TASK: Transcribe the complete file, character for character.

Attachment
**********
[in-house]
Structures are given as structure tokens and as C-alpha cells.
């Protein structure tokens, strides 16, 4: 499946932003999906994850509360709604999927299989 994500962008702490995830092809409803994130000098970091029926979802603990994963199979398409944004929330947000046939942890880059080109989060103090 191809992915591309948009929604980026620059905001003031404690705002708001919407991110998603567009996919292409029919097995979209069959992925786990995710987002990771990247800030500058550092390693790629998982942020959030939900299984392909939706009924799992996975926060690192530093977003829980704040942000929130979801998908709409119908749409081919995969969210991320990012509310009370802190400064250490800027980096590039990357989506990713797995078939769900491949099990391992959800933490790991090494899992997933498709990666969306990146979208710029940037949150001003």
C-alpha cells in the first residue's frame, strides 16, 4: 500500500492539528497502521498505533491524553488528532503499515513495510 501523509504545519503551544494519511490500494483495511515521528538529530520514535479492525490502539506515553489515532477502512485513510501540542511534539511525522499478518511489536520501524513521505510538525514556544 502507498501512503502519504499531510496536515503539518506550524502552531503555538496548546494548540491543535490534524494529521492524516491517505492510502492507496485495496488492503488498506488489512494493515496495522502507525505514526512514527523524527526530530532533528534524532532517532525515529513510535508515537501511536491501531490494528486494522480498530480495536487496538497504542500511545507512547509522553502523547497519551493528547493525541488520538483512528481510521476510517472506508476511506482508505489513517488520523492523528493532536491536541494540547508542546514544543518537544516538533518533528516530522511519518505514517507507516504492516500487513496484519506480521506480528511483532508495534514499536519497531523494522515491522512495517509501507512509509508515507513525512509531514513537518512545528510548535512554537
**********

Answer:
[in-house]
Structures are given as structure tokens and as C-alpha cells.
């Protein structure tokens, strides 16, 4: 499946932003999906994850509360709604999927299989 994500962008702490995830092809409803994130000098970091029926979802603990994963199979398409944004929330947000046939942890880059080109989060103090 191809992915591309948009929604980026620059905001003031404690705002708001919407991110998603567009996919292409029919097995979209069959992925786990995710987002990771990247800030500058550092390693790629998982942020959030939900299984392909939706009924799992996975926060690192530093977003829980704040942000929130979801998908709409119908749409081919995969969210991320990012509310009370802190400064250490800027980096590039990357989506990713797995078939769900491949099990391992959800933490790991090494899992997933498709990666969306990146979208710029940037949150001003």
C-alpha cells in the first residue's frame, strides 16, 4: 500500500492539528497502521498505533491524553488528532503499515513495510 501523509504545519503551544494519511490500494483495511515521528538529530520514535479492525490502539506515553489515532477502512485513510501540542511534539511525522499478518511489536520501524513521505510538525514556544 502507498501512503502519504499531510496536515503539518506550524502552531503555538496548546494548540491543535490534524494529521492524516491517505492510502492507496485495496488492503488498506488489512494493515496495522502507525505514526512514527523524527526530530532533528534524532532517532525515529513510535508515537501511536491501531490494528486494522480498530480495536487496538497504542500511545507512547509522553502523547497519551493528547493525541488520538483512528481510521476510517472506508476511506482508505489513517488520523492523528493532536491536541494540547508542546514544543518537544516538533518533528516530522511519518505514517507507516504492516500487513496484519506480521506480528511483532508495534514499536519497531523494522515491522512495517509501507512509509508515507513525512509531514513537518512545528510548535512554537